Alternatively you could just pop a CD in the tray, sit back and relax in the full knowledge that you aren't going to waste time ripping music to a laptop, which all gets lost when the computer invariably fails. Or you could store it on a hard drive and waste some more time, money and space.

Funny how convenient things end up being less convenient

Right on brother! That's why I buy all my music on CD. I never pay to download. I want the CD period.
 

jaxwired

Well-known member
Feb 7, 2009
283
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hi fi newbie:

Cd players fail to and in fact approximately it takes less than 2 mins to rip a cd losslessly. Of course computers can go wrong but cd players are hardly infallible are they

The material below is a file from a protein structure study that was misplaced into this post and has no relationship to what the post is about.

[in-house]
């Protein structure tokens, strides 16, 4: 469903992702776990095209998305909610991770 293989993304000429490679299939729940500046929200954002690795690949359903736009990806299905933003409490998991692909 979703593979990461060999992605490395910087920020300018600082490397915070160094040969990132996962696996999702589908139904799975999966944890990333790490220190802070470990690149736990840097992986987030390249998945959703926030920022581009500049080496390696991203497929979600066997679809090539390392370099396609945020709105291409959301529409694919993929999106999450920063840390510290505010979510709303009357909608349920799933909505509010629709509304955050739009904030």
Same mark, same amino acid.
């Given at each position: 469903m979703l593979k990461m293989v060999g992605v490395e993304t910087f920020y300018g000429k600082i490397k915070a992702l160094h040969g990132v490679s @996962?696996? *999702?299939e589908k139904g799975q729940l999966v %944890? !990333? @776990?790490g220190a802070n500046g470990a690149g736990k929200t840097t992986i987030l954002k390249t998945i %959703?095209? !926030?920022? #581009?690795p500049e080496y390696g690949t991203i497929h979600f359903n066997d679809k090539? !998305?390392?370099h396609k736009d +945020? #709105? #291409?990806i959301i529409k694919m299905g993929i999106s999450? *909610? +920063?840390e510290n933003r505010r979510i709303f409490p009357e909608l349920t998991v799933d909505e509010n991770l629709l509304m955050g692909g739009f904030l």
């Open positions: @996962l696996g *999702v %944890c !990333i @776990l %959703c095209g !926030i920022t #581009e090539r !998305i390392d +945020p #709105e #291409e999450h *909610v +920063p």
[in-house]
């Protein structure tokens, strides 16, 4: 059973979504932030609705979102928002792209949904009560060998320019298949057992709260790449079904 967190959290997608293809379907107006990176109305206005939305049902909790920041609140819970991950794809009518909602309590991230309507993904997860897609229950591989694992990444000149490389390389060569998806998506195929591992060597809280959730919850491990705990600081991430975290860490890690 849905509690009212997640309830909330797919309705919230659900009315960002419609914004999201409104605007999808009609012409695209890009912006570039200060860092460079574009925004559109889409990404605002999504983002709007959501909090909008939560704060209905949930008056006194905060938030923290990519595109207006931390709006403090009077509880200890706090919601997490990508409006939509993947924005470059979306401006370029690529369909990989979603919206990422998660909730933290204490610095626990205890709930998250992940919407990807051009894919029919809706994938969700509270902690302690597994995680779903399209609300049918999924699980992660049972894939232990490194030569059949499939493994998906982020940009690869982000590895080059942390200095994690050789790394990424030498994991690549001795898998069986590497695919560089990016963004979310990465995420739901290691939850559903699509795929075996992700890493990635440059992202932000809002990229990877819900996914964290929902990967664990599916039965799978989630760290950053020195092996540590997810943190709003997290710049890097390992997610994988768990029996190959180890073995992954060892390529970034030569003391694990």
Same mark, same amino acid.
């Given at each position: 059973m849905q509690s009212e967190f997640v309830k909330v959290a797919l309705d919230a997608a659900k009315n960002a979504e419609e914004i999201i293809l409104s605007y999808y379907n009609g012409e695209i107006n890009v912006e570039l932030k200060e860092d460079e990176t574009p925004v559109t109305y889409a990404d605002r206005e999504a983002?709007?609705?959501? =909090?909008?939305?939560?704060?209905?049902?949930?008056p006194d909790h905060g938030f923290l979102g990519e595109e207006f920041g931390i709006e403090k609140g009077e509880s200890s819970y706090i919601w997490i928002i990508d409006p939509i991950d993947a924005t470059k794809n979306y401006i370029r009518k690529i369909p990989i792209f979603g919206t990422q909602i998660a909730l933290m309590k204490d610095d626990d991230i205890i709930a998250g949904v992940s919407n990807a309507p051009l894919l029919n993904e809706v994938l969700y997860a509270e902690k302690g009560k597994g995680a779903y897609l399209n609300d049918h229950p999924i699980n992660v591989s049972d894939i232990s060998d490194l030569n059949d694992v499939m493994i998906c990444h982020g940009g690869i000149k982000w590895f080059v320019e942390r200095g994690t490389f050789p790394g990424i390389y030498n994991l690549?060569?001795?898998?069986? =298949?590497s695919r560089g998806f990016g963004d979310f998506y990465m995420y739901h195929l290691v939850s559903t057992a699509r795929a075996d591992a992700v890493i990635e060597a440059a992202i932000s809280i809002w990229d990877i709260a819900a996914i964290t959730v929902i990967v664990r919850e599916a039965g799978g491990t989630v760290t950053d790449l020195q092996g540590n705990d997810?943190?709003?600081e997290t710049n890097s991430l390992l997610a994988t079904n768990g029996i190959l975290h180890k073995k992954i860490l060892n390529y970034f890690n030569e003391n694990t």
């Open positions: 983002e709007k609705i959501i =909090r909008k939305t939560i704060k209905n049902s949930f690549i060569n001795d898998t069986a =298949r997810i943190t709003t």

Uhmmm....the comparison was compact discs versus computer files. One is a permanent medium.
 

chebby

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Jun 2, 2008
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jaxwired:Uhmmm....the comparison was compact discs versus computer files. One is a permanent medium.

Yes those computer files are pretty robust especially when you have a sensible and regular backup regime and keep a copy at work (or in a friend's/relatives house) for safe keeping in case of fire/flood computer failure.

They will be even more robust when Solid-State HD becomes cheaper and more capacious soon.

Bit like photos and negs. They are pretty frail and can fade over time. They are prone to damage from bad storage and family memories can be lost/damaged with any of a whole assortment of household disasters.

On a computer (again if backed up sensibly) they are far safer and never fade. They can be kept on any number of machines/external HDs and bulk transferred in seconds or minutes and printed in photographic quality at will.